Also within the book is some cross-promotional content. I have a sneak peek of the first (free) book in Cali MacKay’s Highlander’s series, The Highlander’s Hope. In return, she has the first scene of my book, Champagne and Lemon Drops , in the back of her book.

In order to keep my book visible I have been submitting it to websites that list free ebooks. I have also been working with other authors with giveaways and other cross-promotional efforts. When I have a paid book then I may engage in more ‘traditional’ means of marketing as well as some paid marketing efforts.

EB: You were the copy editor of The Fall: Tales From the Apocalypse and had a story published in the 2012 anthology also. How challenging is it to be on the editing side of the page?

JO: It was so much fun working with the other authors of The Fall: Tales From the Apocalypse. Their stories were all so unique and fun! I really enjoyed working as the copy editor and enjoyed that opportunity tremendously.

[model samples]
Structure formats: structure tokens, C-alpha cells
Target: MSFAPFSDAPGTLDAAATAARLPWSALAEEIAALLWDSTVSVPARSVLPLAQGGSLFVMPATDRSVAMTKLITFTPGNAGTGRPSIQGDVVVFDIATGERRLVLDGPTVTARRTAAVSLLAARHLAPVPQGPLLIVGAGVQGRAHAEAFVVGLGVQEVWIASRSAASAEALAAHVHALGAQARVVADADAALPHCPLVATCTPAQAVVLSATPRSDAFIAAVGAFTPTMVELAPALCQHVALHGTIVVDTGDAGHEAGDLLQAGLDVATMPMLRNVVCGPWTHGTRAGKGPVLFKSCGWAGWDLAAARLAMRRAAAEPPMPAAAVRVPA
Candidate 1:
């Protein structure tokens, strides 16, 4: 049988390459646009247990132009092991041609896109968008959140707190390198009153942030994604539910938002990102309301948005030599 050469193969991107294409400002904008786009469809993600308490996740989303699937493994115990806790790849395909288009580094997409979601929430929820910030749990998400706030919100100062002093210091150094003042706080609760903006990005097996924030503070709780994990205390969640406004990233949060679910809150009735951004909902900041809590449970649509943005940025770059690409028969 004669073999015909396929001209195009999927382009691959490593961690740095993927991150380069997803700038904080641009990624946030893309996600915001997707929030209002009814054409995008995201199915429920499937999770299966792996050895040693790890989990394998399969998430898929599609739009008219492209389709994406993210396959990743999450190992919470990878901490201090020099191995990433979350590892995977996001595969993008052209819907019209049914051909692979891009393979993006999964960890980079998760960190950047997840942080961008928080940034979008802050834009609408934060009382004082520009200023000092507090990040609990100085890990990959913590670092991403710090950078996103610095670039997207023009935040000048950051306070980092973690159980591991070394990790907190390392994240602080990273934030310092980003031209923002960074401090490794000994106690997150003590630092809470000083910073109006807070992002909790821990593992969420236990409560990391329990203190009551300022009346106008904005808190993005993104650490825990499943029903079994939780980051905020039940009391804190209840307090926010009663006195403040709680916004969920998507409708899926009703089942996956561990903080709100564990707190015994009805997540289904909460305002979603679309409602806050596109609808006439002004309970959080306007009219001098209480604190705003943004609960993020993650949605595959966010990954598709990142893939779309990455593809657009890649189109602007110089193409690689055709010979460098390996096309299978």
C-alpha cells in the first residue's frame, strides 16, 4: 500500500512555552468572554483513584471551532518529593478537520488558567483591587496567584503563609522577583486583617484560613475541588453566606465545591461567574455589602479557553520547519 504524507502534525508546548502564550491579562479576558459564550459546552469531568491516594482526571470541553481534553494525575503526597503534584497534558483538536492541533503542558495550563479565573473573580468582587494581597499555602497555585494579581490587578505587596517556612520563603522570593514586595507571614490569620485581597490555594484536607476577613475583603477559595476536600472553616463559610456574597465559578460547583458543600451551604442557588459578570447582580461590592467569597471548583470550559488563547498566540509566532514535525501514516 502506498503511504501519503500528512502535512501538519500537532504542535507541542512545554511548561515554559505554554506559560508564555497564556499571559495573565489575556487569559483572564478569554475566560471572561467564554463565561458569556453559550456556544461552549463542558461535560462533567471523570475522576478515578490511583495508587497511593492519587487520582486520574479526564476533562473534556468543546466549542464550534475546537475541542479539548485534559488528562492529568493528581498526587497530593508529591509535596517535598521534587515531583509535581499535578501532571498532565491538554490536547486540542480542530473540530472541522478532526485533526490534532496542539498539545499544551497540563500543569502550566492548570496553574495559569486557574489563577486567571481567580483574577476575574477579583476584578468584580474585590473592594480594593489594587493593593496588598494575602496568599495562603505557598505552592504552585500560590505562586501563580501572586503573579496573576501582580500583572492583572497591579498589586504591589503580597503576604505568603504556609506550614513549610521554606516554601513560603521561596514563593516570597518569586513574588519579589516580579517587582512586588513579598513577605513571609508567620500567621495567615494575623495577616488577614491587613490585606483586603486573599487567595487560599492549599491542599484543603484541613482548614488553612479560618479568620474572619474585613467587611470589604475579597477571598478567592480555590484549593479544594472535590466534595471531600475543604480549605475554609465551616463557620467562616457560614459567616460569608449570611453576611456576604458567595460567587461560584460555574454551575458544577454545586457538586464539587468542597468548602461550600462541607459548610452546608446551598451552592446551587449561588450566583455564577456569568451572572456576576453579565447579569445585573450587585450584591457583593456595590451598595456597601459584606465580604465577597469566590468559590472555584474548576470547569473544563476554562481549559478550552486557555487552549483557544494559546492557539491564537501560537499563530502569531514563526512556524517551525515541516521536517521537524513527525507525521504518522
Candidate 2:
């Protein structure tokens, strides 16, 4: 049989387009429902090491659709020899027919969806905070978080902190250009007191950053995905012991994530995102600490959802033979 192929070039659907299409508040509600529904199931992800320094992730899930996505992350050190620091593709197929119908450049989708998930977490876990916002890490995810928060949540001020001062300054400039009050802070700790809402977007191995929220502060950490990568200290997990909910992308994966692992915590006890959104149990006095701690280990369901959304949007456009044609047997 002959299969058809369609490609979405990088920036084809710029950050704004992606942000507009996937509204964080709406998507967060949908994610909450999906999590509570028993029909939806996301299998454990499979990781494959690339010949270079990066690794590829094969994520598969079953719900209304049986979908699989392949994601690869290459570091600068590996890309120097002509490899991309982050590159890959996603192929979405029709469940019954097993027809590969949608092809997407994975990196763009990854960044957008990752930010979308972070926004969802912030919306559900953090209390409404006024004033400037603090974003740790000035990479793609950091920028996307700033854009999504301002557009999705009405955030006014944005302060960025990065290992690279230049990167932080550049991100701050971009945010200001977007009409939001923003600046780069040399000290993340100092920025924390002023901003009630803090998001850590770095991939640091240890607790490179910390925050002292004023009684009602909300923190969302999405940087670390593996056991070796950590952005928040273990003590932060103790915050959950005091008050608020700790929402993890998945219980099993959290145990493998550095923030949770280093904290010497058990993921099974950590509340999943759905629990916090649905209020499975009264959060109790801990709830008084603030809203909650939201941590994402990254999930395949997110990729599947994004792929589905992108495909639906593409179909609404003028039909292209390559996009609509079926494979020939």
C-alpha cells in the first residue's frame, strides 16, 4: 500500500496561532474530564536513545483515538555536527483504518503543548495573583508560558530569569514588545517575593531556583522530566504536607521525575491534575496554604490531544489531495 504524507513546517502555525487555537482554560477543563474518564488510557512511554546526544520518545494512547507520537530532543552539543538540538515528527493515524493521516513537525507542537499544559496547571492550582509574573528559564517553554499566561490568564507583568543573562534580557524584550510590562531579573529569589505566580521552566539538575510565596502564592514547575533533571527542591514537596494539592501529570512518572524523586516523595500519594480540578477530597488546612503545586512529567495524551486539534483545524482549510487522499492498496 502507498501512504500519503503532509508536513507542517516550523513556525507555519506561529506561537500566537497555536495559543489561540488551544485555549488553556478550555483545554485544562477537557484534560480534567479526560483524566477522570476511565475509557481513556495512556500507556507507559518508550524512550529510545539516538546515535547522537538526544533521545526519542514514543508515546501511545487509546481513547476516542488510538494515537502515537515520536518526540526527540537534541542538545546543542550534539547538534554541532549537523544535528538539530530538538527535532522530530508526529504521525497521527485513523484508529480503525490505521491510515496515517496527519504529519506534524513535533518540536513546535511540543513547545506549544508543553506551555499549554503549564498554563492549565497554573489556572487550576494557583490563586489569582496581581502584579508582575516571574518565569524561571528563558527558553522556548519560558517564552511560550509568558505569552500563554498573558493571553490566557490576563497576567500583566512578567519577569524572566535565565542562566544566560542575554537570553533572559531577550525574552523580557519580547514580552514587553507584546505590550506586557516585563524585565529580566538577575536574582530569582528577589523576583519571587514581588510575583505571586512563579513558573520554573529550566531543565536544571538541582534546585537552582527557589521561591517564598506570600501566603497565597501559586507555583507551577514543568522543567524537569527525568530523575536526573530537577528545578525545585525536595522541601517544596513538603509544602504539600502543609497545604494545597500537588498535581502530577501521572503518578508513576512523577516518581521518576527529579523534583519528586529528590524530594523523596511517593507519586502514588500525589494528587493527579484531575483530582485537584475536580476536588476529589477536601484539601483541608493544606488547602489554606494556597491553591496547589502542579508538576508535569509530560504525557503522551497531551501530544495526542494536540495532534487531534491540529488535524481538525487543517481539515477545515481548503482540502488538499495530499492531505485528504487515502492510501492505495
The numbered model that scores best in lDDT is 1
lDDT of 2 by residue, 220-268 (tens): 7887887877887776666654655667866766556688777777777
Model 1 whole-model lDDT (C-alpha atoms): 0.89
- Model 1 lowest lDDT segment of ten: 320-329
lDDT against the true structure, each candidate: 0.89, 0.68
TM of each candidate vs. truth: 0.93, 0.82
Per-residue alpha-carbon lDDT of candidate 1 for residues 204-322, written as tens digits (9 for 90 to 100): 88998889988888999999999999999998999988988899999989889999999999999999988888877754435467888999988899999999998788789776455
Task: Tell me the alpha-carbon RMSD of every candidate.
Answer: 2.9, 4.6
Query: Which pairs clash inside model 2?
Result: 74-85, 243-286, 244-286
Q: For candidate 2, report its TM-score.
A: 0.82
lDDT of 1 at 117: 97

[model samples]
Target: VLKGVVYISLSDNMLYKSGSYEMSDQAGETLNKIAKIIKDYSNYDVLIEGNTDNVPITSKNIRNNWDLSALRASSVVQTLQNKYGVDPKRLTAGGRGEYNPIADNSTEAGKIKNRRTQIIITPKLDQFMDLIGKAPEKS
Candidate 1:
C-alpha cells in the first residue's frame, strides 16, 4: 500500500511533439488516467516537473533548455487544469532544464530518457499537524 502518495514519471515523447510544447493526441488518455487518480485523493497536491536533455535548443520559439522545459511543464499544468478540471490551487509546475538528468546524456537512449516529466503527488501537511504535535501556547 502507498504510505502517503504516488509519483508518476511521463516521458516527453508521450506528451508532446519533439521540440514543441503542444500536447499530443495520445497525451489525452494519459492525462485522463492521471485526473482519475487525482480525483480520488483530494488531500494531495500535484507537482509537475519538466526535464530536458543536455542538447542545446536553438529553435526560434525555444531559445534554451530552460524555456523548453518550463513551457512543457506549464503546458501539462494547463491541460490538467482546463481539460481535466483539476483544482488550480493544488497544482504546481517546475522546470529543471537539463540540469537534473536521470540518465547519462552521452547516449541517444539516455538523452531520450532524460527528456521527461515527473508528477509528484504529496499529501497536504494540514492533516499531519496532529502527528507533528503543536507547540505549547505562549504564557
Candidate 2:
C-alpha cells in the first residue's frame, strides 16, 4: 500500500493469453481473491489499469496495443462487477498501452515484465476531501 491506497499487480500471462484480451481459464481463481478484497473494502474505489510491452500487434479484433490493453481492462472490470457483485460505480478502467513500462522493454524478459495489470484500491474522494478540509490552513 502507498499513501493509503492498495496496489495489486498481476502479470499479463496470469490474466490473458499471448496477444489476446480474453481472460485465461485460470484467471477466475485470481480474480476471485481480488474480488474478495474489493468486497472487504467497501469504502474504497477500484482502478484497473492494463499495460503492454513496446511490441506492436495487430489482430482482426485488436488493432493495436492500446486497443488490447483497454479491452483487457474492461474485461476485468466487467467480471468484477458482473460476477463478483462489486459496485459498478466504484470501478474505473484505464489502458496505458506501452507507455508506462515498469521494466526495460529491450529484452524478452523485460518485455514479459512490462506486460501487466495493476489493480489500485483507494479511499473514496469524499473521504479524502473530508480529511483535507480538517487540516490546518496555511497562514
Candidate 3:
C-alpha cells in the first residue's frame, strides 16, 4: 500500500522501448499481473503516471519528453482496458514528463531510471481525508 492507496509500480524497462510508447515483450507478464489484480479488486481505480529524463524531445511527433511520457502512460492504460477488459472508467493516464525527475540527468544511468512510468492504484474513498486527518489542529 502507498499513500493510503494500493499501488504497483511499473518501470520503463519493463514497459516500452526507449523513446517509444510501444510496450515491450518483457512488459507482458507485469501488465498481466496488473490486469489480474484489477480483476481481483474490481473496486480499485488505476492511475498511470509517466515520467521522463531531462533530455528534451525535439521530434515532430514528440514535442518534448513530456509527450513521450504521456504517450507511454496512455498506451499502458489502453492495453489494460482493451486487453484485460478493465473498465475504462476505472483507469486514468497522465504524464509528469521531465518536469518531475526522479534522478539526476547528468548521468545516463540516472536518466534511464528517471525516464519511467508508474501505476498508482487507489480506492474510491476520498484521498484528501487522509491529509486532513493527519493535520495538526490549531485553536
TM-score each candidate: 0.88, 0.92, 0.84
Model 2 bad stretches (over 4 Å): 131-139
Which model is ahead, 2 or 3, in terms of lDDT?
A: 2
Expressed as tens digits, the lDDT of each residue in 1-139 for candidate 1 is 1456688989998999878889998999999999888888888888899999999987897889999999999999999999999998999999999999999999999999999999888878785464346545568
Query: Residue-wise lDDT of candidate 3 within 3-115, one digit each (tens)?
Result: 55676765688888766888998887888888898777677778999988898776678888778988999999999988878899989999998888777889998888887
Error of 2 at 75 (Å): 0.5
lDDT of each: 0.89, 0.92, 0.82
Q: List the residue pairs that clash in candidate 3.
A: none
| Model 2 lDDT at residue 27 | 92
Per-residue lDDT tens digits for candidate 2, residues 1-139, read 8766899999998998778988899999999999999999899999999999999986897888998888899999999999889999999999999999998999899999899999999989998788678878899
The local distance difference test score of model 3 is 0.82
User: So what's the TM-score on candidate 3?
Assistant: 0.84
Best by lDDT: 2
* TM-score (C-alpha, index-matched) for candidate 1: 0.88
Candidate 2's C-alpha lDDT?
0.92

The biggest challenge, for me, was not knowing several of the writers. In other words, coming in as an editor, you don’t know how writers are going to react to your feedback. Are they sensitive and new? Are they insecure? Are they overly confident? Are they going to take your comments to heart or blow them off? Which approach should you take for the best results and best editorial relationship?

The last thing I would ever want to do would be make another writer feel bad about their work or that they had to take my suggestions. I’ve been on the receiving end of that and it is awful! Plus a simple ‘change this’ without explanation neither opens the path of communication nor helps the author understand where the other person is coming from—it doesn’t lead to growth or the best possible collaborative effort.